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Treasury Yields Rise as Curve Remains Inverted, With Investors Watching the Fed

Source: NYSE

U.S. Treasury yields were higher on Monday, but a key yield curve remained inverted, with investors assessing the Federal Reserve's likely policy move next week.

The yield on the benchmark 10-year Treasury note climbed to 2.963% while the yield on the 30-year Treasury bond was up at 3.137%. Yields move inversely to prices.

The gap between the 2-year and 10-year yields remained inverted as the market weighs the possibility that the Fed will hike interest rates by 75 basis points at its meeting on July 26 and 27, rather than the more aggressive option of 100 basis points. The 2-year yield was last seen at 3.164%.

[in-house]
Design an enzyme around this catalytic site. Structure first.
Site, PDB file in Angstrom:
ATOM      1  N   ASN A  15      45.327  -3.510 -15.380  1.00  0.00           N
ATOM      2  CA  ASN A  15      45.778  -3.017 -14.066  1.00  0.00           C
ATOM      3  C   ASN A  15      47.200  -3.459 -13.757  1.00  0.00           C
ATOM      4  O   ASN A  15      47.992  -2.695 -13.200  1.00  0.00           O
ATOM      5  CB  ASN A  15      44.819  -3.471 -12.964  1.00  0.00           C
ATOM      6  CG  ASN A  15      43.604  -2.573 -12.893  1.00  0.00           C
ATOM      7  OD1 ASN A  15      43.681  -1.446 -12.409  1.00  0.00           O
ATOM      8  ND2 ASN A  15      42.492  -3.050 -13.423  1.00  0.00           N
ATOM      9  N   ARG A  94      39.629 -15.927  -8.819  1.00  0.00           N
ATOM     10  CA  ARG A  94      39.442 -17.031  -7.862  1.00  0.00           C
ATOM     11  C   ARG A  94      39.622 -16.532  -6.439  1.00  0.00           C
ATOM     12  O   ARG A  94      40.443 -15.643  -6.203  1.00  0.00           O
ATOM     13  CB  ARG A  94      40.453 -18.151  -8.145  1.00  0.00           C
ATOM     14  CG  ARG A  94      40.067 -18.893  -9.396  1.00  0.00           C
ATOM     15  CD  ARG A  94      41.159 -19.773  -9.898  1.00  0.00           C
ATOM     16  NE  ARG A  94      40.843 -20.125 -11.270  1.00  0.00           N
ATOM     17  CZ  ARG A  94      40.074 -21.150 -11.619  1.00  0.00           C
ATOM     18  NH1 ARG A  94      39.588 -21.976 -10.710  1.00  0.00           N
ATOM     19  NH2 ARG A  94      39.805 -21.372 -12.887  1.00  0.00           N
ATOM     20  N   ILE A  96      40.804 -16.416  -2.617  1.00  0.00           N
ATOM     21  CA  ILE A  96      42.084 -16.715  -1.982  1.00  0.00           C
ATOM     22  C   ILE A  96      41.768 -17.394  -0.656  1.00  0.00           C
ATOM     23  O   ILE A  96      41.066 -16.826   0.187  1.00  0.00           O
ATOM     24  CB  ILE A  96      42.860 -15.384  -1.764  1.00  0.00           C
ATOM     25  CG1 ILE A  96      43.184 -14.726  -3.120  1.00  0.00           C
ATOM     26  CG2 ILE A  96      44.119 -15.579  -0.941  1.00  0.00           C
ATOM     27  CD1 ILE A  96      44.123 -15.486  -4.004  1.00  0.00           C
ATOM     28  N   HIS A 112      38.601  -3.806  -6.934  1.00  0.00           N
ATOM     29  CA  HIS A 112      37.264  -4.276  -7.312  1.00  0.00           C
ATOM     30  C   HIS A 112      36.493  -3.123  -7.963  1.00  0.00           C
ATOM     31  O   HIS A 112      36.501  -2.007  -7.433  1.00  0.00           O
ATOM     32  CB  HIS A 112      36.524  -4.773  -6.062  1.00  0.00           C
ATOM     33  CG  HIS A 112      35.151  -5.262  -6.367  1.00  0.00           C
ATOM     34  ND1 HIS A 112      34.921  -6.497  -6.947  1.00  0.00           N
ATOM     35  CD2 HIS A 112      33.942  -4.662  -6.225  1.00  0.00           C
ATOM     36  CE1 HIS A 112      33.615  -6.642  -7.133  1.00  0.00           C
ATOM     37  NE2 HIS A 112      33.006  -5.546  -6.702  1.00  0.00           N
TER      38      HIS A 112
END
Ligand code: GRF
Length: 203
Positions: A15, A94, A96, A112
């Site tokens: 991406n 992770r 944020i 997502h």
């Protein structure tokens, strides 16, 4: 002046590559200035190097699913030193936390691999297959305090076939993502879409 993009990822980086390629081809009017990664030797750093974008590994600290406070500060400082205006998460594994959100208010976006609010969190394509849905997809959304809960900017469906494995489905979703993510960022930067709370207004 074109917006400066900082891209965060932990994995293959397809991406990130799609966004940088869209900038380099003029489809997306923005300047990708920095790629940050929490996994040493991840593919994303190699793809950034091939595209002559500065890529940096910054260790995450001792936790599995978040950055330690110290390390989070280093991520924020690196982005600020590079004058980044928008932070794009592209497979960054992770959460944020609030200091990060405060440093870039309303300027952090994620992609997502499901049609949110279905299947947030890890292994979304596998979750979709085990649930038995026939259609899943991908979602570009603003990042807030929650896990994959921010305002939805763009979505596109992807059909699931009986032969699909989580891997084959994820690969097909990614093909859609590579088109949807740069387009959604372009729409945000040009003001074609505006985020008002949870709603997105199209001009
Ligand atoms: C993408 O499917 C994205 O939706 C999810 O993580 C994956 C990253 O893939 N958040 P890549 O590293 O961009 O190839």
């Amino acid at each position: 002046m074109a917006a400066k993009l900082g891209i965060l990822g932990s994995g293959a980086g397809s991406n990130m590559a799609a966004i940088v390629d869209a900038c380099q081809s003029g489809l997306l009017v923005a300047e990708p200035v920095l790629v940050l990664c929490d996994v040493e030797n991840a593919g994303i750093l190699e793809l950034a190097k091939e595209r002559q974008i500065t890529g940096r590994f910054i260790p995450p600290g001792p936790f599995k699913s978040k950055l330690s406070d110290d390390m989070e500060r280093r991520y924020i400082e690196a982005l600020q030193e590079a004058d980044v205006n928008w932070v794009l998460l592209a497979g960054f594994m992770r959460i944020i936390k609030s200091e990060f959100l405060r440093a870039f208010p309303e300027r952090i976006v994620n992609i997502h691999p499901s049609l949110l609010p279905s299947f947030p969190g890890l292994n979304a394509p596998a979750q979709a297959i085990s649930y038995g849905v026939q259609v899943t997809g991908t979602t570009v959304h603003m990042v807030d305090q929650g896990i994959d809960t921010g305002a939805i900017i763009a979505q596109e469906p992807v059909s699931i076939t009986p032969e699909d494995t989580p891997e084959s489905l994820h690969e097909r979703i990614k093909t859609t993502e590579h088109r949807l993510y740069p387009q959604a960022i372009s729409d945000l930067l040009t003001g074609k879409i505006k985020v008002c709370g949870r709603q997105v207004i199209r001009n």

Yield-curve inversions — when shorter-term government bonds have higher yields than longer-term ones despite carrying lower risk — are often viewed by markets as signs that a recession is imminent.

A growing number of analysts have been suggesting that a 100-basis-point hike to interest rates could be on the table after inflation continued to rise more than expected. Fed Governor Christopher Waller said Thursday that he supports a 75 basis point hike but will be watching incoming data and could back a larger move if necessary.

The threat of more aggressive monetary policy tightening being required to rein in inflation has led to concerns about a potential economic recession, an outcome Fed Chairman Jerome Powell noted last month as a possibility.

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